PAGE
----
PS: and now let's eventually buy these 620s with 14-54 and set the AF points to narrow mode ;-))

The K-7 body only option IS available via Amazon U.K. - it just doesn't appear using their search facility. I found it via a price comparison site (where Amazon was also listed as cheapest supplier).

If you use the Amazon U.K. link above, and then paste B002AKKBX4 into their search box, you should go straight to it.

Bad news - "Only 1 left in stock" - at the time of writing...
Good news - "order soon (more on the way)" - and there are "more buying choices" too.

I am also heavily invested in a Canon system and very pleased with how Canon performs for the type of photography that I aspire to accomplish. When reading Mike's write up after Pentax announced the K7 earlier this year I decided to order one and give it a try. I really wanted something smaller and lighter than my 5D Mark II. What was desirable was a camera that can be thrown in a backpack with an extra lens for a long morning or evening hike. I can attest to what Gordon has said in each of his three reviews. This camera has tons of very good features that I am still learning and it is more than adequate for much (but not all) of what and how I like to photograph. I recently acquired the DA* 55-135mm F/2.8 lens which has proven to be simply amazing as well!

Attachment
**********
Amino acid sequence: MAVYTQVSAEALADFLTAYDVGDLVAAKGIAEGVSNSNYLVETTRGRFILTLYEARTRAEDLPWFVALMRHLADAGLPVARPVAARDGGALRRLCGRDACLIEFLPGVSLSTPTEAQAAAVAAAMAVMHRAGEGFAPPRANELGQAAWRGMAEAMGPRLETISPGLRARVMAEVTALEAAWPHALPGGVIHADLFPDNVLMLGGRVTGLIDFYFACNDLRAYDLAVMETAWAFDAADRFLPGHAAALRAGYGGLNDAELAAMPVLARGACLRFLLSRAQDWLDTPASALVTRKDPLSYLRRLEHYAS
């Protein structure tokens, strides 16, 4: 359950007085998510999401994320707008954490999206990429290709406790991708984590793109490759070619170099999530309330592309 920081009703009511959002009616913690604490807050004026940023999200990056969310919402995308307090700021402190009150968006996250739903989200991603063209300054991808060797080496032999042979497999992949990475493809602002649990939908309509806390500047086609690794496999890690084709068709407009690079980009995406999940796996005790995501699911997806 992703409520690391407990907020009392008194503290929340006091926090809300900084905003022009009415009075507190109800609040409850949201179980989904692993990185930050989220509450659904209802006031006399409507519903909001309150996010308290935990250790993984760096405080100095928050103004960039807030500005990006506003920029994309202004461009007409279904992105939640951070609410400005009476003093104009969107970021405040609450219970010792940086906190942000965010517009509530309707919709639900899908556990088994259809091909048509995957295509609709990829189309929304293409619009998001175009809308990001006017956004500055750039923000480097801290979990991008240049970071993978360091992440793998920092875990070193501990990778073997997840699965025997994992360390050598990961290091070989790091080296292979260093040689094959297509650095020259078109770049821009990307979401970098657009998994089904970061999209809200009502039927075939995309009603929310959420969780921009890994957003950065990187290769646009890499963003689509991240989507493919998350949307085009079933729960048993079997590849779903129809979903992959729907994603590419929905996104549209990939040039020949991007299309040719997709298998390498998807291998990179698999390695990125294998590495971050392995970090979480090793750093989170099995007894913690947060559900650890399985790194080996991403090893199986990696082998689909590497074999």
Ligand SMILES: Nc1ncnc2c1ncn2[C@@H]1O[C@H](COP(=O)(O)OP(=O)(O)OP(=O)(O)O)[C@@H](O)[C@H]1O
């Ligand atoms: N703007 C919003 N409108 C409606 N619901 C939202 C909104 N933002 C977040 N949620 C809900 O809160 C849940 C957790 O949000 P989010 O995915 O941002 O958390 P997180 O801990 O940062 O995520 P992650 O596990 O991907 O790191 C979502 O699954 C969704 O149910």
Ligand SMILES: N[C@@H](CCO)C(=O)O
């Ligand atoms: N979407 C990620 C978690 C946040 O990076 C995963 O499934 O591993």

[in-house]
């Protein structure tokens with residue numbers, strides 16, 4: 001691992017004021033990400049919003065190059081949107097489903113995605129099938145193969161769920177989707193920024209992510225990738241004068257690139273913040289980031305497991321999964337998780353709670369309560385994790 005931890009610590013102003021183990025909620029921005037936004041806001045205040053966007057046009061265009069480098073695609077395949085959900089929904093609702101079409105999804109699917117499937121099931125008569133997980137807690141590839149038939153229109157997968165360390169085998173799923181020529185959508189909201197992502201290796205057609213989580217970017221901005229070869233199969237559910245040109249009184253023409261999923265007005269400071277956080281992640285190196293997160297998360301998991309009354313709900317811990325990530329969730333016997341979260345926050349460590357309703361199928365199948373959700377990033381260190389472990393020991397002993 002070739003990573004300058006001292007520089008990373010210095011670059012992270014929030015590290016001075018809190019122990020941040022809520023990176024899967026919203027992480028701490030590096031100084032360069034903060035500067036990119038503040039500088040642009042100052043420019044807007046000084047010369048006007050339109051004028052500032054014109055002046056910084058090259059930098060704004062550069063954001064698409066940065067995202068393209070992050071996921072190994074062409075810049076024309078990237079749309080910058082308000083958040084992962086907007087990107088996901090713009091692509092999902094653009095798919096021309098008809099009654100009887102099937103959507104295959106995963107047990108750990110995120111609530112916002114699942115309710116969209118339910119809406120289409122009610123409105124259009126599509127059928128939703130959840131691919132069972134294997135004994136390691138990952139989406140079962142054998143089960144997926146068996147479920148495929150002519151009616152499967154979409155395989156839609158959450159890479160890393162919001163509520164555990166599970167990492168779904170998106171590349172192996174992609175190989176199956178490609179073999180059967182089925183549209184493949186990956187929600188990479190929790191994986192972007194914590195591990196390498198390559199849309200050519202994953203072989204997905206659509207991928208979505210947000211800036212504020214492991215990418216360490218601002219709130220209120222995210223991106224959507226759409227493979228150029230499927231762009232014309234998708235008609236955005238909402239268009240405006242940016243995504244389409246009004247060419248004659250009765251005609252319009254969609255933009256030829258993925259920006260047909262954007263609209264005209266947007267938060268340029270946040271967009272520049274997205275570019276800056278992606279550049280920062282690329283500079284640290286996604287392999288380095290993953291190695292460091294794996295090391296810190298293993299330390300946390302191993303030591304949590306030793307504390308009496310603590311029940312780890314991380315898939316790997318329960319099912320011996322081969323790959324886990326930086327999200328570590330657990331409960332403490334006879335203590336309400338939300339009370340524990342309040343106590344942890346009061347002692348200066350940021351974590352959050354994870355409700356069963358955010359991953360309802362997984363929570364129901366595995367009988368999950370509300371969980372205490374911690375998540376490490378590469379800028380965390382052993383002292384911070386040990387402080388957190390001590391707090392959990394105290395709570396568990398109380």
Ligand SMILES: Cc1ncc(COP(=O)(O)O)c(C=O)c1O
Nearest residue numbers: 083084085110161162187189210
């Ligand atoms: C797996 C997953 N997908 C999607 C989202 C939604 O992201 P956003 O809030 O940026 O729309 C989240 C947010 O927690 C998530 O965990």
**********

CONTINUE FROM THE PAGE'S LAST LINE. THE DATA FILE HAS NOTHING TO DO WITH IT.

My thanks first to Mike for his post announcing the K7 back in May and to Gordon for well thought through review, commentary and inspiring images. Now I think I am officially a two system fan!

Thanks for the review. I recently upgraded from my 5 year old *istD. I do not have any recent Pentax lenses however, relying on a couple of quality Sigma AF lenses and a whole host of manual focus lenses going back to a Takumar 135mm preset. All work fine on the K7 as they did on the *istD. And even my OM macro gear is utilised with a home made adapter!